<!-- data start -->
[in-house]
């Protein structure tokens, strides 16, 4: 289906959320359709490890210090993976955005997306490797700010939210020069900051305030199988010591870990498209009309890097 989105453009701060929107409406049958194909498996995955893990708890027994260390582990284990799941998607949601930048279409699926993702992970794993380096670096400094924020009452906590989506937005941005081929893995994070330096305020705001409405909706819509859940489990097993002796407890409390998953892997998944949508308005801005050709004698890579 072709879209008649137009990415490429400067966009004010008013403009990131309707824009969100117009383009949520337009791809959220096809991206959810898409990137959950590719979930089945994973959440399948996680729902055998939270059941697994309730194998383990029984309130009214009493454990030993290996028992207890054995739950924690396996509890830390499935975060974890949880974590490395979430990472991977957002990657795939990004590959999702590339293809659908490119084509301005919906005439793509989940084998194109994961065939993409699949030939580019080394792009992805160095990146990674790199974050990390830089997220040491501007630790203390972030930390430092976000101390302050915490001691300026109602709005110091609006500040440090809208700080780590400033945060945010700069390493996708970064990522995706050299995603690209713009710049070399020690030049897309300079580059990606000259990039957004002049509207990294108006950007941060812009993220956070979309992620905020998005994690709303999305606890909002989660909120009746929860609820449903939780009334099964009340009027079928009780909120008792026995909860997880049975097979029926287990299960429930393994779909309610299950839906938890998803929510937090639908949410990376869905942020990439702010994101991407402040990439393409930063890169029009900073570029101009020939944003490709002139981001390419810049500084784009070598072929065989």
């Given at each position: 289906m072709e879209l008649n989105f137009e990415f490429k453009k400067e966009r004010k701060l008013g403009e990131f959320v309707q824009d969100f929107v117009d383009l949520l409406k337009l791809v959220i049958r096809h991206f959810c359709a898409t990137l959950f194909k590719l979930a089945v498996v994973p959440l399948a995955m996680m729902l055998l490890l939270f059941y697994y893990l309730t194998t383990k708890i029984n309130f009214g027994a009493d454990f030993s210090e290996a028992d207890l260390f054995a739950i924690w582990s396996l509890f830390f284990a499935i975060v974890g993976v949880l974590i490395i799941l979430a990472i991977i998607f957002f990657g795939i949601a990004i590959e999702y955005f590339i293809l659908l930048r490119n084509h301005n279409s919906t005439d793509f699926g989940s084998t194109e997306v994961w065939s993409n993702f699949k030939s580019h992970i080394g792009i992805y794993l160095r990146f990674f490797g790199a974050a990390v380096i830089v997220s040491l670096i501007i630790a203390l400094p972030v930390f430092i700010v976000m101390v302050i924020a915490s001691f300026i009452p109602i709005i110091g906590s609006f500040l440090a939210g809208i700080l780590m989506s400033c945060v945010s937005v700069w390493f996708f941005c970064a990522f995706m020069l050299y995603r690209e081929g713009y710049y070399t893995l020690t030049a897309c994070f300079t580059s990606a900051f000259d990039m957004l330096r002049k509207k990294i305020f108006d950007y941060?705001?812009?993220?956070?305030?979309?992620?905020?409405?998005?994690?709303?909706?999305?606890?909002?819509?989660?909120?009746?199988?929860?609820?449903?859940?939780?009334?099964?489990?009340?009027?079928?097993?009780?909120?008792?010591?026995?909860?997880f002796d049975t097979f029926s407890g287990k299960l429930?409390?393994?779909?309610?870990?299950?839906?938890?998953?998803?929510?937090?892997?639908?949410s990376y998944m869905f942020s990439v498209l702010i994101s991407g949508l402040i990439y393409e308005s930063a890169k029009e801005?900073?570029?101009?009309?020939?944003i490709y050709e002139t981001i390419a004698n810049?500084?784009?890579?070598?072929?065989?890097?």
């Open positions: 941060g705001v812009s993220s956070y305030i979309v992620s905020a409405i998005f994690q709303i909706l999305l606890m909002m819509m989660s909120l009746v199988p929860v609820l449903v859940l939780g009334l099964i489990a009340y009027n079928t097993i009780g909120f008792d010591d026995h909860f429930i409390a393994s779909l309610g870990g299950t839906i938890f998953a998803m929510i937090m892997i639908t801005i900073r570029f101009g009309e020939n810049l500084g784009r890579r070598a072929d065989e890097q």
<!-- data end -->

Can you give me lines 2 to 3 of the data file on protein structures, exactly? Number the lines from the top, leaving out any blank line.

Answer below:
């Protein structure tokens, strides 16, 4: 289906959320359709490890210090993976955005997306490797700010939210020069900051305030199988010591870990498209009309890097 989105453009701060929107409406049958194909498996995955893990708890027994260390582990284990799941998607949601930048279409699926993702992970794993380096670096400094924020009452906590989506937005941005081929893995994070330096305020705001409405909706819509859940489990097993002796407890409390998953892997998944949508308005801005050709004698890579 072709879209008649137009990415490429400067966009004010008013403009990131309707824009969100117009383009949520337009791809959220096809991206959810898409990137959950590719979930089945994973959440399948996680729902055998939270059941697994309730194998383990029984309130009214009493454990030993290996028992207890054995739950924690396996509890830390499935975060974890949880974590490395979430990472991977957002990657795939990004590959999702590339293809659908490119084509301005919906005439793509989940084998194109994961065939993409699949030939580019080394792009992805160095990146990674790199974050990390830089997220040491501007630790203390972030930390430092976000101390302050915490001691300026109602709005110091609006500040440090809208700080780590400033945060945010700069390493996708970064990522995706050299995603690209713009710049070399020690030049897309300079580059990606000259990039957004002049509207990294108006950007941060812009993220956070979309992620905020998005994690709303999305606890909002989660909120009746929860609820449903939780009334099964009340009027079928009780909120008792026995909860997880049975097979029926287990299960429930393994779909309610299950839906938890998803929510937090639908949410990376869905942020990439702010994101991407402040990439393409930063890169029009900073570029101009020939944003490709002139981001390419810049500084784009070598072929065989």
């Given at each position: 289906m072709e879209l008649n989105f137009e990415f490429k453009k400067e966009r004010k701060l008013g403009e990131f959320v309707q824009d969100f929107v117009d383009l949520l409406k337009l791809v959220i049958r096809h991206f959810c359709a898409t990137l959950f194909k590719l979930a089945v498996v994973p959440l399948a995955m996680m729902l055998l490890l939270f059941y697994y893990l309730t194998t383990k708890i029984n309130f009214g027994a009493d454990f030993s210090e290996a028992d207890l260390f054995a739950i924690w582990s396996l509890f830390f284990a499935i975060v974890g993976v949880l974590i490395i799941l979430a990472i991977i998607f957002f990657g795939i949601a990004i590959e999702y955005f590339i293809l659908l930048r490119n084509h301005n279409s919906t005439d793509f699926g989940s084998t194109e997306v994961w065939s993409n993702f699949k030939s580019h992970i080394g792009i992805y794993l160095r990146f990674f490797g790199a974050a990390v380096i830089v997220s040491l670096i501007i630790a203390l400094p972030v930390f430092i700010v976000m101390v302050i924020a915490s001691f300026i009452p109602i709005i110091g906590s609006f500040l440090a939210g809208i700080l780590m989506s400033c945060v945010s937005v700069w390493f996708f941005c970064a990522f995706m020069l050299y995603r690209e081929g713009y710049y070399t893995l020690t030049a897309c994070f300079t580059s990606a900051f000259d990039m957004l330096r002049k509207k990294i305020f108006d950007y941060?705001?812009?993220?956070?305030?979309?992620?905020?409405?998005?994690?709303?909706?999305?606890?909002?819509?989660?909120?009746?199988?929860?609820?449903?859940?939780?009334?099964?489990?009340?009027?079928?097993?009780?909120?008792?010591?026995?909860?997880f002796d049975t097979f029926s407890g287990k299960l429930?409390?393994?779909?309610?870990?299950?839906?938890?998953?998803?929510?937090?892997?639908?949410s990376y998944m869905f942020s990439v498209l702010i994101s991407g949508l402040i990439y393409e308005s930063a890169k029009e801005?900073?570029?101009?009309?020939?944003i490709y050709e002139t981001i390419a004698n810049?500084?784009?890579?070598?072929?065989?890097?």